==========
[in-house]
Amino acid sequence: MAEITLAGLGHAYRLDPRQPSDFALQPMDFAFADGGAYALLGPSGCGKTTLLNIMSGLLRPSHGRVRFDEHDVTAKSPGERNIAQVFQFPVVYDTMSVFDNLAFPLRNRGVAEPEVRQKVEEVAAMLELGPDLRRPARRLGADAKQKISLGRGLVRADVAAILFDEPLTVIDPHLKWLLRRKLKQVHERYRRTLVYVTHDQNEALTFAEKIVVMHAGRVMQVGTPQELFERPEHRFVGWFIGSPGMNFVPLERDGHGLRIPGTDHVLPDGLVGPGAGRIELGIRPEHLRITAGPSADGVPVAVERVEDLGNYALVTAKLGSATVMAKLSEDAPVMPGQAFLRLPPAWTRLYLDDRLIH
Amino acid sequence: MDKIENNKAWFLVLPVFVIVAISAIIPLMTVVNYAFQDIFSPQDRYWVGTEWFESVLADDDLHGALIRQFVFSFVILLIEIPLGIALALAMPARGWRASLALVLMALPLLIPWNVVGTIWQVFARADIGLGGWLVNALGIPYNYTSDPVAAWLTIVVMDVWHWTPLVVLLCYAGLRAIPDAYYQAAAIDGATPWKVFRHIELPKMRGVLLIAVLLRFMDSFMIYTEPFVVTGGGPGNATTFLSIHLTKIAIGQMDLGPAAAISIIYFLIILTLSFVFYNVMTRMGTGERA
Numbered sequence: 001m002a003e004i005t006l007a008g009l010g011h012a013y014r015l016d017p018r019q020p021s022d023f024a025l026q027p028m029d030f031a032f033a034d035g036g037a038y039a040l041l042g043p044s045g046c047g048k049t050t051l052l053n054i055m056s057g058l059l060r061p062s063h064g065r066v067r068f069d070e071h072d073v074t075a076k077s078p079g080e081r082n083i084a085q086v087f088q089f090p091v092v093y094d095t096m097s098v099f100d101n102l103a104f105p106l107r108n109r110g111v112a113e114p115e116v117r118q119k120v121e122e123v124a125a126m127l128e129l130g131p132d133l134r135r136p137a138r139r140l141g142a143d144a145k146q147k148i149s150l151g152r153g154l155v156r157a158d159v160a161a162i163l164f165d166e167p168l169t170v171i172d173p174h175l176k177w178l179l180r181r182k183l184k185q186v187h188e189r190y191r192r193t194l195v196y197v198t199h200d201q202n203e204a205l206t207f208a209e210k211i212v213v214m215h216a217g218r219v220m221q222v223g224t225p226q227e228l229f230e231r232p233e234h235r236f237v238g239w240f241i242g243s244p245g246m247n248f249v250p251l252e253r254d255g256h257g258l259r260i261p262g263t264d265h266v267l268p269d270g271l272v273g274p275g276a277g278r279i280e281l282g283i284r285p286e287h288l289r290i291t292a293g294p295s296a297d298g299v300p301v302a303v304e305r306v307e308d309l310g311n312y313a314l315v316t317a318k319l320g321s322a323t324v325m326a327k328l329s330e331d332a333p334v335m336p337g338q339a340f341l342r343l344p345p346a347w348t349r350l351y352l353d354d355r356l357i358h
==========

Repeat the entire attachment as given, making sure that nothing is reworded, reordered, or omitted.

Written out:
[in-house]
Amino acid sequence: MAEITLAGLGHAYRLDPRQPSDFALQPMDFAFADGGAYALLGPSGCGKTTLLNIMSGLLRPSHGRVRFDEHDVTAKSPGERNIAQVFQFPVVYDTMSVFDNLAFPLRNRGVAEPEVRQKVEEVAAMLELGPDLRRPARRLGADAKQKISLGRGLVRADVAAILFDEPLTVIDPHLKWLLRRKLKQVHERYRRTLVYVTHDQNEALTFAEKIVVMHAGRVMQVGTPQELFERPEHRFVGWFIGSPGMNFVPLERDGHGLRIPGTDHVLPDGLVGPGAGRIELGIRPEHLRITAGPSADGVPVAVERVEDLGNYALVTAKLGSATVMAKLSEDAPVMPGQAFLRLPPAWTRLYLDDRLIH
Amino acid sequence: MDKIENNKAWFLVLPVFVIVAISAIIPLMTVVNYAFQDIFSPQDRYWVGTEWFESVLADDDLHGALIRQFVFSFVILLIEIPLGIALALAMPARGWRASLALVLMALPLLIPWNVVGTIWQVFARADIGLGGWLVNALGIPYNYTSDPVAAWLTIVVMDVWHWTPLVVLLCYAGLRAIPDAYYQAAAIDGATPWKVFRHIELPKMRGVLLIAVLLRFMDSFMIYTEPFVVTGGGPGNATTFLSIHLTKIAIGQMDLGPAAAISIIYFLIILTLSFVFYNVMTRMGTGERA
Numbered sequence: 001m002a003e004i005t006l007a008g009l010g011h012a013y014r015l016d017p018r019q020p021s022d023f024a025l026q027p028m029d030f031a032f033a034d035g036g037a038y039a040l041l042g043p044s045g046c047g048k049t050t051l052l053n054i055m056s057g058l059l060r061p062s063h064g065r066v067r068f069d070e071h072d073v074t075a076k077s078p079g080e081r082n083i084a085q086v087f088q089f090p091v092v093y094d095t096m097s098v099f100d101n102l103a104f105p106l107r108n109r110g111v112a113e114p115e116v117r118q119k120v121e122e123v124a125a126m127l128e129l130g131p132d133l134r135r136p137a138r139r140l141g142a143d144a145k146q147k148i149s150l151g152r153g154l155v156r157a158d159v160a161a162i163l164f165d166e167p168l169t170v171i172d173p174h175l176k177w178l179l180r181r182k183l184k185q186v187h188e189r190y191r192r193t194l195v196y197v198t199h200d201q202n203e204a205l206t207f208a209e210k211i212v213v214m215h216a217g218r219v220m221q222v223g224t225p226q227e228l229f230e231r232p233e234h235r236f237v238g239w240f241i242g243s244p245g246m247n248f249v250p251l252e253r254d255g256h257g258l259r260i261p262g263t264d265h266v267l268p269d270g271l272v273g274p275g276a277g278r279i280e281l282g283i284r285p286e287h288l289r290i291t292a293g294p295s296a297d298g299v300p301v302a303v304e305r306v307e308d309l310g311n312y313a314l315v316t317a318k319l320g321s322a323t324v325m326a327k328l329s330e331d332a333p334v335m336p337g338q339a340f341l342r343l344p345p346a347w348t349r350l351y352l353d354d355r356l357i358h